The Collection

Shellharbour Municipal Town Clerk Wig

Date: c.1950

Donated by: Shellharbour City Council

Location: Shellharbour City Museum Collection

Horsehair wig made by Ede & Ravenscroft Ltd. 93-94 Chancery Lane, London, and worn by the Town Clerk of Shellharbour Municipal Council.

200 residents signed a petition 14 January 1859 to form the Municipality of Shellharbour, which was proclaimed on 4 June 1859.  The new Council prepared estimates for expenses such as tolls, rates, dues, fencing, roads, bridges, punts, wharves and other public works.

The first hustings were held at the rear of Robert Wilson’s flour mill at Shellharbour Village (at the foot of Wilson Street), and a poll was demanded for the election of positions. It was feared not many residents would turn up to vote because of the terrible weather, but people travelled from all over the new Municipality to vote on the day.

Nine Aldermen were elected: Robert Wilson, Andrew McGill, Patrick Collins, Ebenezer Russell, William Wilson (Chairman), Robert Martin, William James, William Moles, and Joseph Dunster.

The new Council secured books and by-laws and sought a suitable seal, ‘The design being executed most chastely and in exact accordance with the request of Council namely, a sheaf of wheat, a cow in full milk and a cabbage tree’.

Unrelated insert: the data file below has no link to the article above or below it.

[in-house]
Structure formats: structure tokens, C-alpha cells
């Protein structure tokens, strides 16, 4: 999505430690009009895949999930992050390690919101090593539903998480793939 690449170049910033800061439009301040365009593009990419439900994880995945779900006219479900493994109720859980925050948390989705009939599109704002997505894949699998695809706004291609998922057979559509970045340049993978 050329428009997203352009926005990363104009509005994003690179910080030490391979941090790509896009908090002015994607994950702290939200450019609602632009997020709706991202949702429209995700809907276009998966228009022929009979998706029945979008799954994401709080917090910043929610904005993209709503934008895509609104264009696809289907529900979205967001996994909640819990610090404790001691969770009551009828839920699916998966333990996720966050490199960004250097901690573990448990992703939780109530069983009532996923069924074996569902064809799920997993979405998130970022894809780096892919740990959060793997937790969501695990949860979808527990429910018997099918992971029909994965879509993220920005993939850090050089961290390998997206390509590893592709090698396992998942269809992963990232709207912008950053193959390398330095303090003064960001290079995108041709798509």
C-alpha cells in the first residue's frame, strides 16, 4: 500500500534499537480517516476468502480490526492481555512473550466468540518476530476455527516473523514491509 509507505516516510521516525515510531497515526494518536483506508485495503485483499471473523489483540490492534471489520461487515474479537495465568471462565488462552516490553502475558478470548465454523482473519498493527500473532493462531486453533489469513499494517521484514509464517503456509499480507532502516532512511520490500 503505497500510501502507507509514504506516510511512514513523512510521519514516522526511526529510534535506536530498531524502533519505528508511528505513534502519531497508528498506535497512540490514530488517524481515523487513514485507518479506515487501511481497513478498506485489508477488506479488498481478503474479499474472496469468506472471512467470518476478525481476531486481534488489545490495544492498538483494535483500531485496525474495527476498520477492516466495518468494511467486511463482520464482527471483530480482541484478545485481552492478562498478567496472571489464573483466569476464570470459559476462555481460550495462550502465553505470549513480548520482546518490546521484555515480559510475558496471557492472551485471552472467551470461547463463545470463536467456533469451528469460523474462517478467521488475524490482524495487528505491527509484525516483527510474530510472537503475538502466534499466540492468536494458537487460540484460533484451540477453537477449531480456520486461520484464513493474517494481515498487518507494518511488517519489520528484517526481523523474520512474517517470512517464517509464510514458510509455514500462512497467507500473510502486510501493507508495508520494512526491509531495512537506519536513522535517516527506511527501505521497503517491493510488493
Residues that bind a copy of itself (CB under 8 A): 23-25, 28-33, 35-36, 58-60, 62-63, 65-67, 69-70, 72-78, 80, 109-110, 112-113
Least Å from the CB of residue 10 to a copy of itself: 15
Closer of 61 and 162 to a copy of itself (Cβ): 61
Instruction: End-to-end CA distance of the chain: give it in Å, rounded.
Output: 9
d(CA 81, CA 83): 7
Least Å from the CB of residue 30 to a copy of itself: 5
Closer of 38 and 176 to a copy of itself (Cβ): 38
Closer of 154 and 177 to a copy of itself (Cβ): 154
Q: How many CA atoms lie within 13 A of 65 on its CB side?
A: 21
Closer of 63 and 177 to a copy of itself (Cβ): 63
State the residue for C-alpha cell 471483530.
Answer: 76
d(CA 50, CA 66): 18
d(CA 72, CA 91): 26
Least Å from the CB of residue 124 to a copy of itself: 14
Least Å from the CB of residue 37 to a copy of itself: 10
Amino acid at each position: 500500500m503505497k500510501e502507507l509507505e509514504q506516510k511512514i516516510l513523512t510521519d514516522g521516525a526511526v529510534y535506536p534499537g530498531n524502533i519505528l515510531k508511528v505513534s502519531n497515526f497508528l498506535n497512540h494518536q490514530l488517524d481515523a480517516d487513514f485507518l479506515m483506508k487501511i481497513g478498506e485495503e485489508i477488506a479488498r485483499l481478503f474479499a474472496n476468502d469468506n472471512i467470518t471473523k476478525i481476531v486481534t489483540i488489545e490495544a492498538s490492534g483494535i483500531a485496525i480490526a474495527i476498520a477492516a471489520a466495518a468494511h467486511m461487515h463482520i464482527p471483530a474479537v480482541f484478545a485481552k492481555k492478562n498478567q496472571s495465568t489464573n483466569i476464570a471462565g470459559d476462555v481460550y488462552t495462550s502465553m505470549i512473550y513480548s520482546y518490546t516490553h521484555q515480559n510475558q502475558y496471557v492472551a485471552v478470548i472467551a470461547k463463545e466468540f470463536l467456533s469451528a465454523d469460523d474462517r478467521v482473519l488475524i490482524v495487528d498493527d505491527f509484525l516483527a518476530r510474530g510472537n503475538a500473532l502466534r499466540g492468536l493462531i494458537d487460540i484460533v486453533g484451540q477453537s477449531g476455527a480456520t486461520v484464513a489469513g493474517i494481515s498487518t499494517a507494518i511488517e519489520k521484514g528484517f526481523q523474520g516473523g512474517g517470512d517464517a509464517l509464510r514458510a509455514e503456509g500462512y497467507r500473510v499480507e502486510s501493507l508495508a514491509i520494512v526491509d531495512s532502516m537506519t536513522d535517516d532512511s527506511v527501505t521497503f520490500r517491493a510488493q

As a Council Chambers had not yet been built, Mr. Edward Graham, a storekeeper at Shellharbour, provided a room for rent at his Peterborough Store on the north west corner of Mary and Addison Streets. Meetings were conducted here until the first Council Chambers was built in Addison Street in 1865. The Council Chambers at Shellharbour Village served until the late 1890s when the establishment of the railway saw the transfer of civic operations to Albion Park. In 1969, due to growth of the Municipality, the Council Chambers were moved to new premises at Warilla. Shellharbour achieved city status on 1 January 1996.

From 1901 the entire business of the Municipality, stretching from Shellharbour to the top of Macquarie Pass, and from Minnamurra to Calderwood, was handled by one man, the Town Clerk Gabriel Timbs Jnr. He was also the Town Clerk of the adjoining Municipality of Jamberoo, visiting there by horse and sulky once a week. The Council work force comprised of four men and a horse and dray at Albion Park, plus two men and a dray at Shellharbour. Picks and shovels were the tools of the trade.

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Shellharbour City Council acknowledges the traditional custodians of Dharawal Country and recognises their continued connection to the land. We pay our respects to Elders past, present and emerging and the contribution they make to the life of this city.

Aboriginal and Torres Strait Islander people should be aware that this website may contain images or names of people who have since passed.